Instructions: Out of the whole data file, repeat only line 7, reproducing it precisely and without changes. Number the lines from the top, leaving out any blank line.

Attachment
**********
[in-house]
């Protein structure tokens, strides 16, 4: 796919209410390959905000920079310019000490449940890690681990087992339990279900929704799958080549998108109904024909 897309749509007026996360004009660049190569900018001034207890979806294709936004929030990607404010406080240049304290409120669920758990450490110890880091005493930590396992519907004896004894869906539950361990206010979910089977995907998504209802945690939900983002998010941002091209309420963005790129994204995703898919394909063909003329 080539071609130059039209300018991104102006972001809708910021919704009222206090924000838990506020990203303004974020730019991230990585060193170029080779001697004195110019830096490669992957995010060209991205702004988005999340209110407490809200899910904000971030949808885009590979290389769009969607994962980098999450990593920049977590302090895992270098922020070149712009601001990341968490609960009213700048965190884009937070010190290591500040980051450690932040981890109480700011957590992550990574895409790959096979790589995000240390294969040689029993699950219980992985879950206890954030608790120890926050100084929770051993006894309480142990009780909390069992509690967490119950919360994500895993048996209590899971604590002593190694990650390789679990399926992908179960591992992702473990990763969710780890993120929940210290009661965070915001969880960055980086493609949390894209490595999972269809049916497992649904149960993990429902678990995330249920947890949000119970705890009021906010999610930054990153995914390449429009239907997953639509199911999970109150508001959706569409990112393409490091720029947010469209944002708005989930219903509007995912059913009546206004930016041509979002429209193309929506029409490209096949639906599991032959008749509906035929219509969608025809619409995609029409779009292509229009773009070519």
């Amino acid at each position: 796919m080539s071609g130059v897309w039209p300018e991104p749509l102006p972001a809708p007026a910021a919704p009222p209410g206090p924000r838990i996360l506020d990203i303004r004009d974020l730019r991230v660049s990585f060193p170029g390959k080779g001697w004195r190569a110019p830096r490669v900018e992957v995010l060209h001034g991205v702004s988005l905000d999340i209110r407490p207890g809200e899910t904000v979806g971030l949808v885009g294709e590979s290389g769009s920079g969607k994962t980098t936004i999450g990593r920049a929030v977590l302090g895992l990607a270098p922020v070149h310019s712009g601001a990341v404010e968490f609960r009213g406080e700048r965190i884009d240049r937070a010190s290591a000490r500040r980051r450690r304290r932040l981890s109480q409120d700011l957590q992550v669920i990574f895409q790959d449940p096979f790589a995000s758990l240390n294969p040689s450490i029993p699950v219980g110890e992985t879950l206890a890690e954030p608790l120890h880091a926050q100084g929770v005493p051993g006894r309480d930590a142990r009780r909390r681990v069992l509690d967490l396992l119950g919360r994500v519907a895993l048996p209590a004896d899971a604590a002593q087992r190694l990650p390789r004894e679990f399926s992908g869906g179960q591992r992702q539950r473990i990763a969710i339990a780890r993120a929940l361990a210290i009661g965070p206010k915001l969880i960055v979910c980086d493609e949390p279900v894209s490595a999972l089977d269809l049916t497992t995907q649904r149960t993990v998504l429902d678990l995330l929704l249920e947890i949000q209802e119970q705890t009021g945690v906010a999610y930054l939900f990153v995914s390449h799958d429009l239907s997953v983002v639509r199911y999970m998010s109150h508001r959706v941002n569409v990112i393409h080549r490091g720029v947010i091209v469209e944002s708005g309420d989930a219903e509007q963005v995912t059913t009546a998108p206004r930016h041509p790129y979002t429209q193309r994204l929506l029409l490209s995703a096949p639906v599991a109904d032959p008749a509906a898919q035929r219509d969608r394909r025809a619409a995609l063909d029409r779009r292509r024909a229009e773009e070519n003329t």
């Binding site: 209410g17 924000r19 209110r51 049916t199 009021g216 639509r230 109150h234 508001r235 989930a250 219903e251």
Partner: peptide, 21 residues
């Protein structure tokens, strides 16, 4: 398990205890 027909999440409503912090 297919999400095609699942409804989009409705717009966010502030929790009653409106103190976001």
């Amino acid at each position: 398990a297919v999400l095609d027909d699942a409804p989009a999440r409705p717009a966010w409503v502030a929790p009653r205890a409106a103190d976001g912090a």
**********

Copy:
């Amino acid at each position: 398990a297919v999400l095609d027909d699942a409804p989009a999440r409705p717009a966010w409503v502030a929790p009653r205890a409106a103190d976001g912090a």